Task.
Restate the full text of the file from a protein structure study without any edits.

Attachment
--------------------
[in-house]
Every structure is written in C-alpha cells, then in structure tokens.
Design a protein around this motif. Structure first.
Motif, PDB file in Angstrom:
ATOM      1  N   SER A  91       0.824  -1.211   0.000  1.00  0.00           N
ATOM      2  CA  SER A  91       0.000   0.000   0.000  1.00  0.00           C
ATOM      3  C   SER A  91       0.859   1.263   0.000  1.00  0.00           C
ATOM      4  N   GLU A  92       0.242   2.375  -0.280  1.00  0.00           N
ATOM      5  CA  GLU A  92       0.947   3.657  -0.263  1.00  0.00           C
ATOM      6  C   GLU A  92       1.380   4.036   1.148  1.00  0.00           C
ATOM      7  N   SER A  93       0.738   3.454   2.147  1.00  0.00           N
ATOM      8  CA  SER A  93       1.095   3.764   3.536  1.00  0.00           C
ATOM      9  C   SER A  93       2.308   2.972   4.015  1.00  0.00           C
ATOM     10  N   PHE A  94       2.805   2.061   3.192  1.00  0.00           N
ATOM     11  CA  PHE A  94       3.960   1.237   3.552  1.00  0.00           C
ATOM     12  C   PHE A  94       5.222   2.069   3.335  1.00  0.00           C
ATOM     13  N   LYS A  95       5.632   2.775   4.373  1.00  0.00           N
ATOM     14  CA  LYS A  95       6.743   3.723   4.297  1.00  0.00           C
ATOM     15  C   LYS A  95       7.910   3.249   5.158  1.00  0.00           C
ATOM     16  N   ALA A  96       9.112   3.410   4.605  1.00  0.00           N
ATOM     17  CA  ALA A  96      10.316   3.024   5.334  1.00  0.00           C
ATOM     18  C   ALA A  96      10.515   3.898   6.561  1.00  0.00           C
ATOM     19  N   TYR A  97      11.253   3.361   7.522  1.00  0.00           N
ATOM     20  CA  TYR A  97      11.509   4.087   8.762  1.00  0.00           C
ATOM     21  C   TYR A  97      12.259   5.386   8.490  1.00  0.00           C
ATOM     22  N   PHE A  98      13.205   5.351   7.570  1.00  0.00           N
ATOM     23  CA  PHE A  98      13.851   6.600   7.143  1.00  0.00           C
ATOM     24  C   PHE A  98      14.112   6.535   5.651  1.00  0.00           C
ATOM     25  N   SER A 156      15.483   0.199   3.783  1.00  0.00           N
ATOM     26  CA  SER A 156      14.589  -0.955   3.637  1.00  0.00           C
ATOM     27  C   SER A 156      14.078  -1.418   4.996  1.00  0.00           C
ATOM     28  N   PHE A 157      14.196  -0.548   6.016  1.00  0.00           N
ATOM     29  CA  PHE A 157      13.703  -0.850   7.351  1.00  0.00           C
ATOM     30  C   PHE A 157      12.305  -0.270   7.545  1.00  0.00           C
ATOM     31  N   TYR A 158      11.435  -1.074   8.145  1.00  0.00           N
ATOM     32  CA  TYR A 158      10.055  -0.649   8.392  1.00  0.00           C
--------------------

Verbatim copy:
[in-house]
Every structure is written in C-alpha cells, then in structure tokens.
Design a protein around this motif. Structure first.
Motif, PDB file in Angstrom:
ATOM      1  N   SER A  91       0.824  -1.211   0.000  1.00  0.00           N
ATOM      2  CA  SER A  91       0.000   0.000   0.000  1.00  0.00           C
ATOM      3  C   SER A  91       0.859   1.263   0.000  1.00  0.00           C
ATOM      4  N   GLU A  92       0.242   2.375  -0.280  1.00  0.00           N
ATOM      5  CA  GLU A  92       0.947   3.657  -0.263  1.00  0.00           C
ATOM      6  C   GLU A  92       1.380   4.036   1.148  1.00  0.00           C
ATOM      7  N   SER A  93       0.738   3.454   2.147  1.00  0.00           N
ATOM      8  CA  SER A  93       1.095   3.764   3.536  1.00  0.00           C
ATOM      9  C   SER A  93       2.308   2.972   4.015  1.00  0.00           C
ATOM     10  N   PHE A  94       2.805   2.061   3.192  1.00  0.00           N
ATOM     11  CA  PHE A  94       3.960   1.237   3.552  1.00  0.00           C
ATOM     12  C   PHE A  94       5.222   2.069   3.335  1.00  0.00           C
ATOM     13  N   LYS A  95       5.632   2.775   4.373  1.00  0.00           N
ATOM     14  CA  LYS A  95       6.743   3.723   4.297  1.00  0.00           C
ATOM     15  C   LYS A  95       7.910   3.249   5.158  1.00  0.00           C
ATOM     16  N   ALA A  96       9.112   3.410   4.605  1.00  0.00           N
ATOM     17  CA  ALA A  96      10.316   3.024   5.334  1.00  0.00           C
ATOM     18  C   ALA A  96      10.515   3.898   6.561  1.00  0.00           C
ATOM     19  N   TYR A  97      11.253   3.361   7.522  1.00  0.00           N
ATOM     20  CA  TYR A  97      11.509   4.087   8.762  1.00  0.00           C
ATOM     21  C   TYR A  97      12.259   5.386   8.490  1.00  0.00           C
ATOM     22  N   PHE A  98      13.205   5.351   7.570  1.00  0.00           N
ATOM     23  CA  PHE A  98      13.851   6.600   7.143  1.00  0.00           C
ATOM     24  C   PHE A  98      14.112   6.535   5.651  1.00  0.00           C
ATOM     25  N   SER A 156      15.483   0.199   3.783  1.00  0.00           N
ATOM     26  CA  SER A 156      14.589  -0.955   3.637  1.00  0.00           C
ATOM     27  C   SER A 156      14.078  -1.418   4.996  1.00  0.00           C
ATOM     28  N   PHE A 157      14.196  -0.548   6.016  1.00  0.00           N
ATOM     29  CA  PHE A 157      13.703  -0.850   7.351  1.00  0.00           C
ATOM     30  C   PHE A 157      12.305  -0.270   7.545  1.00  0.00           C
ATOM     31  N   TYR A 158      11.435  -1.074   8.145  1.00  0.00           N
ATOM     32  CA  TYR A 158      10.055  -0.649   8.392  1.00  0.00           C